Blair, to state it simply, is no longer one of the Big Boys. He may or may not get a salary in his new mission, although he will certainly get a plane. I do hope, however, they don’t send the bill for the costs of the plane to Mahmoud Abbas. Nothing is impossible in the worldview of accountants.
Wolfensohn, whose sincerity and stature were beyond question, failed because the economics of Palestine is inextricably linked to its internal and external politics. Assuming Blair can manage more elbow room than a World Bank official, can he do any better at a moment of severe crisis?
What can Blair do as part-time envoy over the next one year that he could not do during ten years as full-time Prime Minister?
What can anyone do during an American election year, when balance is held hostage to election sensitivities? This process used to last less than a year. It has now extended to almost two years. New ideas do not get an airing during the missile wars of election debates. The risk of a missile becoming a boomerang is too high.
Blair’s mandate is limited to the patch controlled by Mahmoud Abbas. But the difficult part of the story is Hamas and the support it commands, not Abbas. Or is it the new strategy that Blair can mollycoddle Abbas while Israel goes to war with Hamas? It would be an easier war for Israel than Lebanon last year. Unlike hilly Lebanon, Gaza is flat, and Hamas is not Hezbollah.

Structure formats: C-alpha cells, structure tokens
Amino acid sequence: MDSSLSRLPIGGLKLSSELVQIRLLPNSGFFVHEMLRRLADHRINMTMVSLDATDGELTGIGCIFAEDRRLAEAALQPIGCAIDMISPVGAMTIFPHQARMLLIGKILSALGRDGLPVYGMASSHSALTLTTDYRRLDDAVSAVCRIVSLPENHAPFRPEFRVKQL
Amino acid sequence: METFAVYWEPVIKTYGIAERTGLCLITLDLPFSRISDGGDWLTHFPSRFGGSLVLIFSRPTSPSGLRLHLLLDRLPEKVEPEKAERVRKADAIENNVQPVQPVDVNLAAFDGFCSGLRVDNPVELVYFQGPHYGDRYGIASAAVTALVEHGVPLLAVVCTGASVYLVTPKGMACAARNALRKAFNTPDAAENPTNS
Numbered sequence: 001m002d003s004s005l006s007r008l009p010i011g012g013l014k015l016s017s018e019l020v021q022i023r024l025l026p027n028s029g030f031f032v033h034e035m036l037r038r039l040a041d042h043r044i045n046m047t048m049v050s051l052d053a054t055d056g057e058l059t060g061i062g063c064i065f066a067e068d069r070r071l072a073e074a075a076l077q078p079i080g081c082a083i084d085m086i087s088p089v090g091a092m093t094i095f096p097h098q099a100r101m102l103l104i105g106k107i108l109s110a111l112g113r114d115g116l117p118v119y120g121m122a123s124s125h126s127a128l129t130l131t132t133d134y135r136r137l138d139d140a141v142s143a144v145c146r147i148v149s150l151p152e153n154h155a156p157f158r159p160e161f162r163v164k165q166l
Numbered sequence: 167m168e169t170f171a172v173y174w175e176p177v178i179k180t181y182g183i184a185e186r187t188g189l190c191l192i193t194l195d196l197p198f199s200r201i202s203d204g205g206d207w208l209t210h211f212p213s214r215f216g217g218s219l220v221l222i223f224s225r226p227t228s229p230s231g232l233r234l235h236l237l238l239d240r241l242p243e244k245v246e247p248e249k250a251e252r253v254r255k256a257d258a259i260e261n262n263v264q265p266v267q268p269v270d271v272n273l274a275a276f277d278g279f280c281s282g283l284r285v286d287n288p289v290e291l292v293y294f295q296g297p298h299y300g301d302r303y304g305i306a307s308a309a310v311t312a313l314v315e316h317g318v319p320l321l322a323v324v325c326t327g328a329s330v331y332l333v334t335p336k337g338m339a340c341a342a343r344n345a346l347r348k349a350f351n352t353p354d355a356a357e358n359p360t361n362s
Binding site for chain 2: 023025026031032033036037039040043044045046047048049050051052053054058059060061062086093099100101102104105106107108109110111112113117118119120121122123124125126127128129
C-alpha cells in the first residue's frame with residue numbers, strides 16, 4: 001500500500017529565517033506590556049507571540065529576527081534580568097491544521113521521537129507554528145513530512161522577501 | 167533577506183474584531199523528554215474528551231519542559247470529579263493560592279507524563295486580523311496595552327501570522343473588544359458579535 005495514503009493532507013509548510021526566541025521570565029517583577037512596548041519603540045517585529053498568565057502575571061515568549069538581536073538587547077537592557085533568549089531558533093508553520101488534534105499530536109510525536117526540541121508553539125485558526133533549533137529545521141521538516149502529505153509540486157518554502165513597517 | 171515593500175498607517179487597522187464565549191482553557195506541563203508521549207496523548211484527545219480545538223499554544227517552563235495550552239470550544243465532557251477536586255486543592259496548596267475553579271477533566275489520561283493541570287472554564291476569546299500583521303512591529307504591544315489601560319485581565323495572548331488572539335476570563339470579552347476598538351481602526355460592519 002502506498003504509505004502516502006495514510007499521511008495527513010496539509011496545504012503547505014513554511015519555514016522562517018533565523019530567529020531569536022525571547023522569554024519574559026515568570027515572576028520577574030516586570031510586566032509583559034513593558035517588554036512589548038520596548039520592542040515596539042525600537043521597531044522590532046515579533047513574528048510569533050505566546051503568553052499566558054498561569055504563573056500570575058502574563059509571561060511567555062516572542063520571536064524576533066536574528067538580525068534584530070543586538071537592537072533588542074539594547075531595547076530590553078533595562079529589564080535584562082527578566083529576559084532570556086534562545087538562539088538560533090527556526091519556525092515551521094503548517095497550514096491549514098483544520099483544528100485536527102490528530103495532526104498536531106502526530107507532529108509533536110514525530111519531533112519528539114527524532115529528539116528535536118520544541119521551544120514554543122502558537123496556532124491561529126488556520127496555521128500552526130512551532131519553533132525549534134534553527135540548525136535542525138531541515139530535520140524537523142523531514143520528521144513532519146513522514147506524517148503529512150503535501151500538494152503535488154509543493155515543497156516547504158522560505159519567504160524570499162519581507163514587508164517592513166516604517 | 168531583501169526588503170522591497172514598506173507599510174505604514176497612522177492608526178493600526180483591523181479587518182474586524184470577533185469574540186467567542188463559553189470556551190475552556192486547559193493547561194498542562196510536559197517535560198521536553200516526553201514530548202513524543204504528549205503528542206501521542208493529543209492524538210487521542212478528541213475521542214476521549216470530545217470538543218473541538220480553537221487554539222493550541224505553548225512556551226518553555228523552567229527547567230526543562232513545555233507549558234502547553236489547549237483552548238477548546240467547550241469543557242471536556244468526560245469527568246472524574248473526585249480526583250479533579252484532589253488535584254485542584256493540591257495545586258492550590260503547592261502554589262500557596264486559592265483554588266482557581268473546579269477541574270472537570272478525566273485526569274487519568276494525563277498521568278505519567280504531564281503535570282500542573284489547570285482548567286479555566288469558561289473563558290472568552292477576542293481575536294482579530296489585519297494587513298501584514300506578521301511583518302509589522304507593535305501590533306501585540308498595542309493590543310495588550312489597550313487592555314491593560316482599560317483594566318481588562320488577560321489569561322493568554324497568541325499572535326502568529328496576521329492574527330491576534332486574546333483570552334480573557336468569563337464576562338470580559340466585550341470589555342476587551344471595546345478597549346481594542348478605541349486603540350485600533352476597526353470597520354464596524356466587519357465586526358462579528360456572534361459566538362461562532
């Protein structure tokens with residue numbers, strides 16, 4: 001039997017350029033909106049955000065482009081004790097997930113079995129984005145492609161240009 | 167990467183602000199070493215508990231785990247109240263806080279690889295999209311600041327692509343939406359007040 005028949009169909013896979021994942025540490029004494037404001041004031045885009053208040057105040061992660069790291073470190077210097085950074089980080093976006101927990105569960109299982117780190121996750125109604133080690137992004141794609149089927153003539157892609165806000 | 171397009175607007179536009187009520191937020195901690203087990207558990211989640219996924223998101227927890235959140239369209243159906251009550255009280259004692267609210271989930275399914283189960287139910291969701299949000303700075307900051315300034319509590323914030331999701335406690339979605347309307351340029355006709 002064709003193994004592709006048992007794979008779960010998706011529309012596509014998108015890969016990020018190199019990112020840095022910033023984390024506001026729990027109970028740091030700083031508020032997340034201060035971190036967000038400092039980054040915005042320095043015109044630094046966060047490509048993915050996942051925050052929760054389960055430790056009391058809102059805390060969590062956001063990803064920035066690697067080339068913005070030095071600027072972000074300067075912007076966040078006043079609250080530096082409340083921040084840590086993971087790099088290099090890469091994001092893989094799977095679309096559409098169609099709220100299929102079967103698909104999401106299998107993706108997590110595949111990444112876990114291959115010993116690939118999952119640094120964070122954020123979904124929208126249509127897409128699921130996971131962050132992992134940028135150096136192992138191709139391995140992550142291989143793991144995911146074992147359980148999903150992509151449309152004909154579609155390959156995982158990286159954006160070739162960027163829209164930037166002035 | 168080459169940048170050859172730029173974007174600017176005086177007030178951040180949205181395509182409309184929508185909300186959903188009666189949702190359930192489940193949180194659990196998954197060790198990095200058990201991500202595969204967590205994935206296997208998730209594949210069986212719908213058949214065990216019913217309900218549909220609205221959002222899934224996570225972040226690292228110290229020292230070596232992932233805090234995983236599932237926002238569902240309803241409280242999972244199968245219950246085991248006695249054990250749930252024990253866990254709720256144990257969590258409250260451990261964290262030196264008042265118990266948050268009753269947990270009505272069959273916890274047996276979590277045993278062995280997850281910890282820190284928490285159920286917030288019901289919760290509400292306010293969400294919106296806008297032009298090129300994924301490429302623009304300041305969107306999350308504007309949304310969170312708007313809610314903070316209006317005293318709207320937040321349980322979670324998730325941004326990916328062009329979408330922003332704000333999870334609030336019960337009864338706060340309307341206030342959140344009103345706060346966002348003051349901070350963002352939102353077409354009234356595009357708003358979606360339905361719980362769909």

Can Blair, perceived by most Muslims as part of the problem, reinvent himself as part of the solution? Blair represents a past that must be swept out of the way if a new route map is to be found. His successor, the new Prime Minister of Britain Gordon Brown, understands this. He has appointed David Miliband, a critic of the Iraq war and of Blair’s foreign policy, as his foreign secretary. Jack Straw led the campaign to make Brown Prime Minister but did not get his old job back because Straw was too closely identified with the war. Even before being sworn in, Brown said, "I would like to see all security and intelligence analysis independent of the
political process and I have asked the Cabinet Secretary to do that." This was as sharp a slap across the Blair face as it was possible for a colleague to deliver. It was candid admission that Blair had manipulated intelligence (a charge Blair has assiduously denied) to build his case for the Iraq war.
A last question: was giving Salman Rushdie a title the best career launch for a job as middleman in the Middle East? Or even for a role as do-gooder for Mahmoud Abbas’ Palestine?
But there is some good news for Blair. His famed and accomplished ability to lie with smouldering conviction should stand him in very good stead in his new mission. Who wants the truth in the Middle East? No one. The truth would upset too many governments. It might even uproot some of them.
Blair now accepts that Iraq is a "disaster". In his farewell remarks, he expressed his sympathy for the British troops who had sacrificed so much in his cause. He wished both his friends and his foes well as he said goodbye, but could not hide his long-suppressed hatred for the "feral" media (in a category beyond either friendship or enmity) which had been instrumental in aborting his term to a mere ten years. But at no point during his long goodbye did Blair apologise for Iraq.
Being Blair means never having to say sorry. Except, possibly, in the solitude of a confession in a Roman Catholic church some time soon.